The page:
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History teaches the stubbornness of the Hamilton artist

This year has brought three exhibitions about the city’s artistic past at the Art Gallery of Hamilton, McMaster Museum of Art and Hamilton Artists’ Inc.

There is a special place on my bookshelf for Climbing the Cold White Peaks, a book produced by Hamilton Artists Inc. in the mid-1980s that chronicles Hamilton’s art history from 1910-1950.

I bought my copy, signed by author Stuart MacCuaig, a dozen years ago at Under the Moon, a bookstore that was once a personal favourite of mine on James Street North. A coffee shop has long erased the bookstore’s memory but MacCuaig lingers as an inspiration for the work that has followed to preserve Hamilton’s cultural memory. 

Climbing the Cold White Peaks documents a city that once, as a matter of pride, exported all its artists to larger cities before forging its own artistic identity around labour activism and a fledgling feminism. This history taught my younger self about the stubbornness and collaboration it takes to remain an artist in Hamilton, where civic support for the arts has been uneven at best.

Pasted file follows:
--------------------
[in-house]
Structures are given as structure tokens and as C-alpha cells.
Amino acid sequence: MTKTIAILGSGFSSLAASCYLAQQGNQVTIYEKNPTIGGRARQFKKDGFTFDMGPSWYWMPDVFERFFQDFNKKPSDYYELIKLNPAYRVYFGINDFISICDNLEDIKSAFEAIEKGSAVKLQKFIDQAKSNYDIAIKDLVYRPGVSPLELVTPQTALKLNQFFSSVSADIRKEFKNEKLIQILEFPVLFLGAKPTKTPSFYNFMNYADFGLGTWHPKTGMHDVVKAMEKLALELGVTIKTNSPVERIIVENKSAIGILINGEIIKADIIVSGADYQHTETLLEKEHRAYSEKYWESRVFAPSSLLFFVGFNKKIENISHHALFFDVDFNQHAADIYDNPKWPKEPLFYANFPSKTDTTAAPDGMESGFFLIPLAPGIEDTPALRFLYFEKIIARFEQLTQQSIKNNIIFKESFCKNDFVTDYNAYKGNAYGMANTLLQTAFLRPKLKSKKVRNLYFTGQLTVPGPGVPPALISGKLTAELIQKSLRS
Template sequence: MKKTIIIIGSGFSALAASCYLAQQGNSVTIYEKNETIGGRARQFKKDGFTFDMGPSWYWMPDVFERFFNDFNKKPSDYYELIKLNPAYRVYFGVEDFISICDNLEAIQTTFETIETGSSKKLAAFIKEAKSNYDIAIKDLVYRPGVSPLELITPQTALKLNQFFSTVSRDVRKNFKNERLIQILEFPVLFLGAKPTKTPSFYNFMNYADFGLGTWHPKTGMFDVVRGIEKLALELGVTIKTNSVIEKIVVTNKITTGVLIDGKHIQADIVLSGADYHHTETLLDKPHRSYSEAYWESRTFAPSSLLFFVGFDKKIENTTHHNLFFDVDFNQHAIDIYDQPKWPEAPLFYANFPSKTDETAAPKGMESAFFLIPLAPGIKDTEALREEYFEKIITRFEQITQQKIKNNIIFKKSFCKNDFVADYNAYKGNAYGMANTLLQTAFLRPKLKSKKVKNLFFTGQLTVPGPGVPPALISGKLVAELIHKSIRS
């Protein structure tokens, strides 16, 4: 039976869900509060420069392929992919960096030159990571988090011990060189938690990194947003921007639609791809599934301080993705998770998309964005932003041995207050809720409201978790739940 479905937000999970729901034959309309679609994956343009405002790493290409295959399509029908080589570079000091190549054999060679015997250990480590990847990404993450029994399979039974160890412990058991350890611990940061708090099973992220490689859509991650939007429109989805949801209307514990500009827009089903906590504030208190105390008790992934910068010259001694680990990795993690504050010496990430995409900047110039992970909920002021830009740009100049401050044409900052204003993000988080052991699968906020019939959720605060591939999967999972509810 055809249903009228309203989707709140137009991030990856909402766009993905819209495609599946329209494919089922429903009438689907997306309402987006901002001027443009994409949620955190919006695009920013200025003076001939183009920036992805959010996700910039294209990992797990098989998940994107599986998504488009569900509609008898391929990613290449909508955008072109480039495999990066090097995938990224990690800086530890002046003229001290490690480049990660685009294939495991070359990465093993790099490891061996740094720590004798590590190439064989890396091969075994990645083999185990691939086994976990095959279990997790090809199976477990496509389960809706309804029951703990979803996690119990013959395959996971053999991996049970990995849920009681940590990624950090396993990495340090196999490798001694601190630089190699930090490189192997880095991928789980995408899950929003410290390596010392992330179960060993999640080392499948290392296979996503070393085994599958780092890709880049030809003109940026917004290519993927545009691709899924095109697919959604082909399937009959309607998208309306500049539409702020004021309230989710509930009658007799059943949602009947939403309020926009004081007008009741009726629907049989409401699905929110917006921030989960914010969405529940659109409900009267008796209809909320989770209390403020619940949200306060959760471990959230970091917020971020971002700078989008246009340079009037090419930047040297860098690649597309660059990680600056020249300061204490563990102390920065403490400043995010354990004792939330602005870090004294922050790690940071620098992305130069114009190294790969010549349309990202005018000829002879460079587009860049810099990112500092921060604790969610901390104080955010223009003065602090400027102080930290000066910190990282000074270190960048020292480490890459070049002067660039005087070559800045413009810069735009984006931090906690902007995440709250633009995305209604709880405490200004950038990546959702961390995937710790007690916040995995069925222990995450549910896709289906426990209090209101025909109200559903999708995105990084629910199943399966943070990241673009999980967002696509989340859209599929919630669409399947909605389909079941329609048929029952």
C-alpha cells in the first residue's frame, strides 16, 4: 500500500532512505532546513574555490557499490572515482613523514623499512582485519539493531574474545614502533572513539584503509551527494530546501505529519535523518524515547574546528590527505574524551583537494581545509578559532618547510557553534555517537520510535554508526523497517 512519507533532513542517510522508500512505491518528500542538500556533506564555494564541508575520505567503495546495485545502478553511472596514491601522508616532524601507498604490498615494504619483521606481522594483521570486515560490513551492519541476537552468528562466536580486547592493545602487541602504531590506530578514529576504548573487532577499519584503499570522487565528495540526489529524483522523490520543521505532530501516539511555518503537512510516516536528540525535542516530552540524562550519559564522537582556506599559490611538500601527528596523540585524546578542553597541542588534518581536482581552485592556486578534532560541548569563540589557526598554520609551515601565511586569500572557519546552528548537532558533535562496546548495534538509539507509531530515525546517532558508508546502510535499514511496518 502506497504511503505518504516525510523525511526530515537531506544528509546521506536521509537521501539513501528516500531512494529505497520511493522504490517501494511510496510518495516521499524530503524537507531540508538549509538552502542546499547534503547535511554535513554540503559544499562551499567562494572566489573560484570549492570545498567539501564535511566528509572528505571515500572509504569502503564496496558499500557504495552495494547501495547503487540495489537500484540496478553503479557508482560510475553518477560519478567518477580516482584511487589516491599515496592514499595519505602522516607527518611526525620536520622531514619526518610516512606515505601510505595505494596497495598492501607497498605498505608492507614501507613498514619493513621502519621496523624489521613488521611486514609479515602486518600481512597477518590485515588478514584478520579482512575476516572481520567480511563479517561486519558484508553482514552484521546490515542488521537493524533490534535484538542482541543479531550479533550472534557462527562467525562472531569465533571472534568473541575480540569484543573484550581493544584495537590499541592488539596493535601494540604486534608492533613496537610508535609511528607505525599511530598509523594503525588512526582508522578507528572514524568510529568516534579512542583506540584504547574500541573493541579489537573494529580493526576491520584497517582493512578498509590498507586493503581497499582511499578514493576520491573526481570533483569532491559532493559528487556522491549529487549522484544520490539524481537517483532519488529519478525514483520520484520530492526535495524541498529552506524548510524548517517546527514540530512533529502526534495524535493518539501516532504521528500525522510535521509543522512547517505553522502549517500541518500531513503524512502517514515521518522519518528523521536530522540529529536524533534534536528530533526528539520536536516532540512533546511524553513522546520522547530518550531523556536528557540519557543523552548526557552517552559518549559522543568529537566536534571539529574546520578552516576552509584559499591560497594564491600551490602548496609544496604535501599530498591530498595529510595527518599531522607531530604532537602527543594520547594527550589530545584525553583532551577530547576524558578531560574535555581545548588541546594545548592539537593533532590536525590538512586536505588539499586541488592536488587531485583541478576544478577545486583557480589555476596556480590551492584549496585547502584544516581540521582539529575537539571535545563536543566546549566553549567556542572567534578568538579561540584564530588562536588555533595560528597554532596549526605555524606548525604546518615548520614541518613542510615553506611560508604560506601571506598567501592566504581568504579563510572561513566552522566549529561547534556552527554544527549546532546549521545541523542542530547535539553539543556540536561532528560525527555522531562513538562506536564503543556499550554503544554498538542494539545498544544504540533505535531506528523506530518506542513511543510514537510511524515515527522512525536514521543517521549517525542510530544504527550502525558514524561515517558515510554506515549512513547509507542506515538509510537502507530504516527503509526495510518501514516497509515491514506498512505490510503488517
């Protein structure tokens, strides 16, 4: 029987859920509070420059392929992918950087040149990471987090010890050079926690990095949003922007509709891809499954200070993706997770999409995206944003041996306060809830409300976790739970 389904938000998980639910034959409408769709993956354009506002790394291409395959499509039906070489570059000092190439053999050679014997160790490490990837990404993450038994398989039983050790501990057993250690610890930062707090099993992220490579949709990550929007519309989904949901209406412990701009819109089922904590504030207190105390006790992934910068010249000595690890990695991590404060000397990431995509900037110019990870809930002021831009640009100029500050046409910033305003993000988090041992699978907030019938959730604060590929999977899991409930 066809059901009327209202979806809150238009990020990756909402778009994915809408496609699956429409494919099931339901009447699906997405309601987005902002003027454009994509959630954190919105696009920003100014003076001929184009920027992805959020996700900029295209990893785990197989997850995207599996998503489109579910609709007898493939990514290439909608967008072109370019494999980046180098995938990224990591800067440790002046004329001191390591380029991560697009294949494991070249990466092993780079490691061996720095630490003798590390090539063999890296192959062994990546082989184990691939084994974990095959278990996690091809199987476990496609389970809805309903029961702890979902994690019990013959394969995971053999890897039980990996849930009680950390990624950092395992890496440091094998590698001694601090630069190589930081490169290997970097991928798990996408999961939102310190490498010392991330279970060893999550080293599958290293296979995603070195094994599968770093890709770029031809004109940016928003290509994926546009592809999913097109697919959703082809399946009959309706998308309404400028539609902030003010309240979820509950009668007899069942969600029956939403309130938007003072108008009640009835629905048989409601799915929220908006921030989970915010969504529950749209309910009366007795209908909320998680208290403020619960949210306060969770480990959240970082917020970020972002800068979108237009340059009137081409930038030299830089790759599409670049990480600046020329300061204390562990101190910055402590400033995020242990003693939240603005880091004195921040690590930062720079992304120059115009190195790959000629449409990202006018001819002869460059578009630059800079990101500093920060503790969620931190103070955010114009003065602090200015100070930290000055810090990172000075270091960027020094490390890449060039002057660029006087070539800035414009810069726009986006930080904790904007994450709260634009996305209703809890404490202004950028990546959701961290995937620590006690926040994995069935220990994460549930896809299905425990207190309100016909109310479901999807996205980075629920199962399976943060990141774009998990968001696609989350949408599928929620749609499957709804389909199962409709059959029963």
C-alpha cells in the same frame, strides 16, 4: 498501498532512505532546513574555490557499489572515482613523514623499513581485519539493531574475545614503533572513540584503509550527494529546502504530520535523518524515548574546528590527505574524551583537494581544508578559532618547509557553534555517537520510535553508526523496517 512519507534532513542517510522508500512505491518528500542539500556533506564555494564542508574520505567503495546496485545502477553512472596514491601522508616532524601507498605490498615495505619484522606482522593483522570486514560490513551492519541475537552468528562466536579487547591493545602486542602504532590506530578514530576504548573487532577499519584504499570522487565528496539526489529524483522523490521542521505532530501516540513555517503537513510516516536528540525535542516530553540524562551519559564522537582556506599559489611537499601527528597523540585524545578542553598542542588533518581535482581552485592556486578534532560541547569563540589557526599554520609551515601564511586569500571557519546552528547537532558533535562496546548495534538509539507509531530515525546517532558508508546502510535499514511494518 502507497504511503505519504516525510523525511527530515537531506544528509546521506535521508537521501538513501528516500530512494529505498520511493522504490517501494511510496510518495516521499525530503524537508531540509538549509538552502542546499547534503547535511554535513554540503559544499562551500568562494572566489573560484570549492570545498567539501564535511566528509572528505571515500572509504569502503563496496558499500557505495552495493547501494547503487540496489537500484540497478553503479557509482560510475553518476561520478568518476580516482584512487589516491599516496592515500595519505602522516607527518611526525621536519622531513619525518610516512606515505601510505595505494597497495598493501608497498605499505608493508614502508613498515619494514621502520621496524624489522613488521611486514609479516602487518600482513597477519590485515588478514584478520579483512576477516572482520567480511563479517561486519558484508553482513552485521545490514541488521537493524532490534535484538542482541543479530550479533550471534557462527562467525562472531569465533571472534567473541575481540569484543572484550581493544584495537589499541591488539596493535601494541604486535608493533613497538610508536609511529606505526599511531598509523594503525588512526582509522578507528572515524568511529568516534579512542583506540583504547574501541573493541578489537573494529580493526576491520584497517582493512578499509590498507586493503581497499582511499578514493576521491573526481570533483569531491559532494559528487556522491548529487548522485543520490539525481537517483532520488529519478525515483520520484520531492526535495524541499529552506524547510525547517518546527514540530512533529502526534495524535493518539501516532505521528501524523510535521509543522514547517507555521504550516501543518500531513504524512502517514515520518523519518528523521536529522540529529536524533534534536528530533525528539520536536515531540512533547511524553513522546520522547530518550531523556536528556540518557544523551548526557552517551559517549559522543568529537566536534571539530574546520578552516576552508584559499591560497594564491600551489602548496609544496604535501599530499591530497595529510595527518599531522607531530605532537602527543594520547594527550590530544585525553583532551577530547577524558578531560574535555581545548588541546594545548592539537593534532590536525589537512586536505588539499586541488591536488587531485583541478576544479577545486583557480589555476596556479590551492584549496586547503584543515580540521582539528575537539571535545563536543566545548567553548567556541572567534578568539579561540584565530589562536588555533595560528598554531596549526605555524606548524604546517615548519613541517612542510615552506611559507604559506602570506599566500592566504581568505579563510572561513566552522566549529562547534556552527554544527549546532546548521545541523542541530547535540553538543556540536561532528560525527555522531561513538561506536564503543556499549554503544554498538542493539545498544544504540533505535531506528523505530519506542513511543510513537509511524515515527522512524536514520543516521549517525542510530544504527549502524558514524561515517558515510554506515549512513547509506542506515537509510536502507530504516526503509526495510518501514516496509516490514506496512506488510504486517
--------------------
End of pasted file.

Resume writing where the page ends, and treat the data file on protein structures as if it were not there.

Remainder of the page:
While Hamilton’s greatest artistic strides came in the decades after those captured in MacCuaig’s book, 30 years would pass before conversations among members of the Hamilton Arts Council (in which I was heavily involved as executive director) would lead to Building Cultural Legacies, an online database that catches us up to the year 2000 through archival materials, articles, and artist interviews. A modest exhibition at the Art Gallery of Hamilton accompanied the platform’s launch in 2019, but this past year has seen an outburst of three further exhibitions honouring our local art history.

“The Bigger Picture: Art in Hamilton 1950-2000” expanded upon the mission of Building Cultural Legacies with a large-scale exhibition at the Art Gallery of Hamilton shaped in part by Bryce Kanbara, who had also been instrumental in organizing Climbing the Cold White Peaks. His determination to organize an open call from the local community resulted in a staggering salon of artworks spanning a half-century of local artists. Wildly eclectic, this gallery hang gave physical form to an era of open-minded experimentation that flourished in less formal social spaces than this. 

Installation view of "The Bigger Picture: Art in Hamilton 1950-2000" from 2022 at the Art Gallery of Hamilton. Photo: Lisa Narduzzi

At the McMaster Museum of Art, “The Contemporaries: This Must Be The Place” recognized eight artists who graduated from McMaster University’s studio art program in the late 1980s and exhibited prolifically as a collective in the years that followed. The raw physicality of materials and figuration that united their practices has its echoes in the AGH’s salon, while an array of archival materials in the MMA’s exhibition traced the cultural impact of the contemporaries through media coverage of exhibitions in self-made spaces that also hosted punk bands and bar nights.